Heavy Hitters vs. Lite Lit: Selecting A Common Reads Title for Students

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Christie Hinrichs, BIC Director

For many Common Reads program coordinators on college campuses, First Year Experience departments, and in public/private high schools, the pressures of meeting upper administrative demands while keeping students enthused and engaged can be daunting. Sometimes it may feel like these closed-door committee members are out of touch. Other times, tension originates from over-enthusiastic coordinators who prefer beach books to the literary canon. Striking the right balance when selecting a Common Reads text for students is absolutely crucial to the continued success of the program—and can mean the difference between a program that falls flat, and one that students will remember for the rest of their lives.

First and foremost, we must examine our goals. Without knowing what you want out of the program, it’s very difficult to establish success!  For the vast majority of our academic venues, the #1 goal of a Common Reads program is to encourage community among a diverse student body by giving them something in common they can gather around. In fact, this was the original purpose of the campus Common Reads movement that began some 40 years ago, and continues to be the primary goal for most programs. For this reason, it’s vital that the selected title be something a wide variety of students will enthusiastically read, that sparks conversation, and begins a dialogue that will allow students to interact socially and intellectually.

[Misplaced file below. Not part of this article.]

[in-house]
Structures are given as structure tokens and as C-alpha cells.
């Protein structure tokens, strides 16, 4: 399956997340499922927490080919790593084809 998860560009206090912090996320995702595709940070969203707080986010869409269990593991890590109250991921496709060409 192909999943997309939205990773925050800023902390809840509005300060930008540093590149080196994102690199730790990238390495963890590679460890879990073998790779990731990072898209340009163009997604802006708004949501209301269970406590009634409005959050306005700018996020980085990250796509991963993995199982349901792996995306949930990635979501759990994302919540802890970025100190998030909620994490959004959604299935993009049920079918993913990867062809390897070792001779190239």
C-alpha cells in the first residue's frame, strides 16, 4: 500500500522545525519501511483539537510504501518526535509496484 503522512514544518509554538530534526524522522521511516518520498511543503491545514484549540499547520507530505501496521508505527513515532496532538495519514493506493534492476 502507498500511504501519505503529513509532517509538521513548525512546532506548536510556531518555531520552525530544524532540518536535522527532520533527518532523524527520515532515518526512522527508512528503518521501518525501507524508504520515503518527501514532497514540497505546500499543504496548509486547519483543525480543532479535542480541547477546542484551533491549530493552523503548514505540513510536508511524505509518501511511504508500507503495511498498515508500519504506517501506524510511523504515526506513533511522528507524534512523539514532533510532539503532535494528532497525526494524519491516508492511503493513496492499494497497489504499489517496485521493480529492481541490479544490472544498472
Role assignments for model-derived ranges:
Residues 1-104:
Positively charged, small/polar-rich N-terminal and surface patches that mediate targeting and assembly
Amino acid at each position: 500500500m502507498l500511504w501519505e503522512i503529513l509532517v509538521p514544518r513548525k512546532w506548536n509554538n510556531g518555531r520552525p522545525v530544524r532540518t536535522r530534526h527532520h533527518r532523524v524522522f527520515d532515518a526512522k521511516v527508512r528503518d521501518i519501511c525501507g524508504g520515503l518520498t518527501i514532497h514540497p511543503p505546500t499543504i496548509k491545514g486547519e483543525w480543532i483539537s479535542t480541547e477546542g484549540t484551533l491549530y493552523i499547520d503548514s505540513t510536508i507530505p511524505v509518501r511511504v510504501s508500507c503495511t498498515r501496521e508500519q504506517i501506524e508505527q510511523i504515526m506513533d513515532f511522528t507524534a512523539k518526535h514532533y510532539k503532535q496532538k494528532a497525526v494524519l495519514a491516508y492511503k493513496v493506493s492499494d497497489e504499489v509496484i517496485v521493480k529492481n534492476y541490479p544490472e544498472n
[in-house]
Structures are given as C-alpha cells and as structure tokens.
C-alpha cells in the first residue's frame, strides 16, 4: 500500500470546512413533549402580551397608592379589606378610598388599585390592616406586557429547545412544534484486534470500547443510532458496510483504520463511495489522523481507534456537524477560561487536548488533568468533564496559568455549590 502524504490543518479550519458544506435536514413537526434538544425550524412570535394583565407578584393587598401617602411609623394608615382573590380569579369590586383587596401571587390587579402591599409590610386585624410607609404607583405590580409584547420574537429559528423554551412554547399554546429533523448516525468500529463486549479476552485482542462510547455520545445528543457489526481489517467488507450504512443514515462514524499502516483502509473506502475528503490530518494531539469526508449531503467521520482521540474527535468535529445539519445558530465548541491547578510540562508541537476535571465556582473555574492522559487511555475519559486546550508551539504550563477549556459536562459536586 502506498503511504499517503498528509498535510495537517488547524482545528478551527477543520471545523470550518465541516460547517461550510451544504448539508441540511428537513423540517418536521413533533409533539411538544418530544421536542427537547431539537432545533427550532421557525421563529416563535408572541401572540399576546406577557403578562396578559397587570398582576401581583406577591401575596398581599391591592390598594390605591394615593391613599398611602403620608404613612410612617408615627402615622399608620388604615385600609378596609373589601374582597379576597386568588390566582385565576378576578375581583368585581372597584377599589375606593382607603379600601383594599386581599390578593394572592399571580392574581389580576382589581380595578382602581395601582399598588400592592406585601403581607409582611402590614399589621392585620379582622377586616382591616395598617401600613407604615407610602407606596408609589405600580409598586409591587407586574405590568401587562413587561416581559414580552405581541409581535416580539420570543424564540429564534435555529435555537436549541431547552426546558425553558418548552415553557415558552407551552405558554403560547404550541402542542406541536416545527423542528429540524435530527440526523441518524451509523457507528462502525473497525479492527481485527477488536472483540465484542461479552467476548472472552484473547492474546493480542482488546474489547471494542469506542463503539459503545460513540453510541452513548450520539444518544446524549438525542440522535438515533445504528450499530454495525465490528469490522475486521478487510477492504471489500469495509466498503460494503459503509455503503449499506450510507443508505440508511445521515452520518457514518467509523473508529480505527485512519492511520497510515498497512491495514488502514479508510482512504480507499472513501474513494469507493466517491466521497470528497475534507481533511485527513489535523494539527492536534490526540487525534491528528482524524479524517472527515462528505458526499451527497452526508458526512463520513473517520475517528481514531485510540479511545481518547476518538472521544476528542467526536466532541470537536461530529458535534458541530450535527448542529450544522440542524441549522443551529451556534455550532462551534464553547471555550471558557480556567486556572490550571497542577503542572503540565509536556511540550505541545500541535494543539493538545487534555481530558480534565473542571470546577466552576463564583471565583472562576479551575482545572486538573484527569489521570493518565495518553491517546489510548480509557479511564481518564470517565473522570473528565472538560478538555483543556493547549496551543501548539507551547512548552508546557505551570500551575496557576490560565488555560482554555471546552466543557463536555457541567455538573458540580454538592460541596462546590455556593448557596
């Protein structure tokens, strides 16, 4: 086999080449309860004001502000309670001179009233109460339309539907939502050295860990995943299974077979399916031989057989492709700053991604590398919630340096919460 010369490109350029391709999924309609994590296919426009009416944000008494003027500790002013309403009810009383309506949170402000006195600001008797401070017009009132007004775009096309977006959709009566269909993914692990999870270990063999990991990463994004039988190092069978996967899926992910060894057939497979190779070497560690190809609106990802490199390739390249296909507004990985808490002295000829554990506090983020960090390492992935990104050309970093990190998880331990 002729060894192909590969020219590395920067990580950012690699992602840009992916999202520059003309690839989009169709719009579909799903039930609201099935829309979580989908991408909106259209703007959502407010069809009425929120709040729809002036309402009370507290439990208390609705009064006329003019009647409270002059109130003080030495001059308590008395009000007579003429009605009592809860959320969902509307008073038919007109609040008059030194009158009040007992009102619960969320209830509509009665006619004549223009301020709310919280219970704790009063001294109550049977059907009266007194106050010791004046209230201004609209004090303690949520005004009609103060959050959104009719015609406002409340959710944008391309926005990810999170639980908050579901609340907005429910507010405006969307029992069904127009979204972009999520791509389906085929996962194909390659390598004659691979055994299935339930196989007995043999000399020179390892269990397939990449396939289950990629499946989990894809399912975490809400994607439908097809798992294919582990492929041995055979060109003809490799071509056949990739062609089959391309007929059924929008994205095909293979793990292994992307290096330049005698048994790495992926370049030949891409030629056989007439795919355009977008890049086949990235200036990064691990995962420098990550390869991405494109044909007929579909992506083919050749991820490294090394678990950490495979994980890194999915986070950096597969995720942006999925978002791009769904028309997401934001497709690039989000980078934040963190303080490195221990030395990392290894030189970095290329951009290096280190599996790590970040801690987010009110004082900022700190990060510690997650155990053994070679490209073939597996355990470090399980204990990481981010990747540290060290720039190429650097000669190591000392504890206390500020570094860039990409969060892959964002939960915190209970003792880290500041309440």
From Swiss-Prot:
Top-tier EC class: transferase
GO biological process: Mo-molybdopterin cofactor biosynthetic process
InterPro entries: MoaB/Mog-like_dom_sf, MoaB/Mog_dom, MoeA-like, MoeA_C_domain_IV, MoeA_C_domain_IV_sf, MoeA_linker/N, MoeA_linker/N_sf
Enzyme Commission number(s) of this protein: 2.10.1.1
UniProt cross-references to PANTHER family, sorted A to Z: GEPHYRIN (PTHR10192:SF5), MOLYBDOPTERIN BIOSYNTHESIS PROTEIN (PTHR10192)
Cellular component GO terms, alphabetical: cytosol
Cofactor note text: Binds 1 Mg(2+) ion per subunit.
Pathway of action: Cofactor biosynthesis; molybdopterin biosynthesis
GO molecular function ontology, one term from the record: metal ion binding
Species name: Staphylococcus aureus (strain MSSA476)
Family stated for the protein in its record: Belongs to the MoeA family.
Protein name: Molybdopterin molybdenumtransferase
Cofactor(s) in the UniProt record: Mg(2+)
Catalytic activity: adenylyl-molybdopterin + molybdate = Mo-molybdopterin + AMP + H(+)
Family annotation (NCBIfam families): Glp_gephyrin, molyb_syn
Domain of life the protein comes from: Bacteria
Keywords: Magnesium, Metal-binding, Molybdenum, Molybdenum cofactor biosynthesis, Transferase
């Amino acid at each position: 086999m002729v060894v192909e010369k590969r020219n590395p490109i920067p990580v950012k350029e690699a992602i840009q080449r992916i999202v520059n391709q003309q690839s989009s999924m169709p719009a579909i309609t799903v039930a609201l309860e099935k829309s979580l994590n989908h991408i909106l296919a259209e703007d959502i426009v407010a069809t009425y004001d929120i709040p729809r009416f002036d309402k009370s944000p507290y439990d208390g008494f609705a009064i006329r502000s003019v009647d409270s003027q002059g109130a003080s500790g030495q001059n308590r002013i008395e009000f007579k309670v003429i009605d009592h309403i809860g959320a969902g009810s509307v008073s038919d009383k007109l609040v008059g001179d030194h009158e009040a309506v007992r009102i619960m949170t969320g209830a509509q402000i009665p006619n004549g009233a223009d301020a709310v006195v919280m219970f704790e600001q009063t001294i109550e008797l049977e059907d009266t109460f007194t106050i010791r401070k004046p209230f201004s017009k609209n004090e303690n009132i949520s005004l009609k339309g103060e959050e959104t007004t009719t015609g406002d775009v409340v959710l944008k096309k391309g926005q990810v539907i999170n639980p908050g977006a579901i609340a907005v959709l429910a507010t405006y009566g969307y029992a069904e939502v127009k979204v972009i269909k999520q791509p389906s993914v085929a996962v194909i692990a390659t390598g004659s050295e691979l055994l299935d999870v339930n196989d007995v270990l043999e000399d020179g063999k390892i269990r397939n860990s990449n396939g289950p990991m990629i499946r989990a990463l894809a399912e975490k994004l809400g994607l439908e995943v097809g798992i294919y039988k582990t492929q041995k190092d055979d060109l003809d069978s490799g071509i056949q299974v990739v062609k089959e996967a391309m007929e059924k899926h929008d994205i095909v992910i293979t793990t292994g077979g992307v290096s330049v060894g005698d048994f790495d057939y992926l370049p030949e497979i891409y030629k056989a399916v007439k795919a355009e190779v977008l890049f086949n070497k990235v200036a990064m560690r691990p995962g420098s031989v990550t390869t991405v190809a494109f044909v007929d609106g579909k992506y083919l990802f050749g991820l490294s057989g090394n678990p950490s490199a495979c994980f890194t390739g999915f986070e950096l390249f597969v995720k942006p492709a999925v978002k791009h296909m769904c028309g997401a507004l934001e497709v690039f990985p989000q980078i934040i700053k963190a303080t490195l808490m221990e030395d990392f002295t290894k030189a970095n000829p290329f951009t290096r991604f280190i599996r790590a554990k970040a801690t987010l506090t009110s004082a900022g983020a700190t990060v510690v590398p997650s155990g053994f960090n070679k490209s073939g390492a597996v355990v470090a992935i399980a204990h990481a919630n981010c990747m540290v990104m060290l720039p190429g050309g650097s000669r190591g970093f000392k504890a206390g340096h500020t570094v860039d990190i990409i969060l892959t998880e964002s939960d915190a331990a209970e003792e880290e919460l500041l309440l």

The right book for your students can be fun, exciting, engrossing, AND have elements of the “teachable moments” that your administrators will care most about.  Keep in mind, most students will have the opportunity to read plenty of heavy hitters during their academic career.  Why not consider books that will be exciting for a diverse group of students? These titles will foster discussion and create a social community that shares at least one guaranteed common interest: the book. This concept is often lost when the focus on selecting a title needs to accomplish a laundry list of curricular to-dos.  Sure, these “serious” books can be challenging and worthy of intellectual exploration, but for students who are just beginning to find their voice, a book they will read, enjoy, and want to talk about with strangers will almost always be more successful (and memorable!). During this one time each year let your FYE or Campus Reads selection help create a social bond between diverse students.

Also, keep in mind that having the author attend the main event is one of the best ways to get students invested in your program. Obviously, if your selected title is 100 years old and the author is dead, this can be tough to accomplish.  Consider choosing books by living authors who are vibrant, generous speakers. Sure, it may take longer to find a title that appeals to a diverse group of students, AND features life lessons and teachable moments, AND is penned by an author who is as good of a speaker as a writer. But the success of your program will start and finish with the book you choose.

Here are some titles that have had wonderful success for academic venues, by authors who also happen to be charismatic, resonant, and excellent on stage…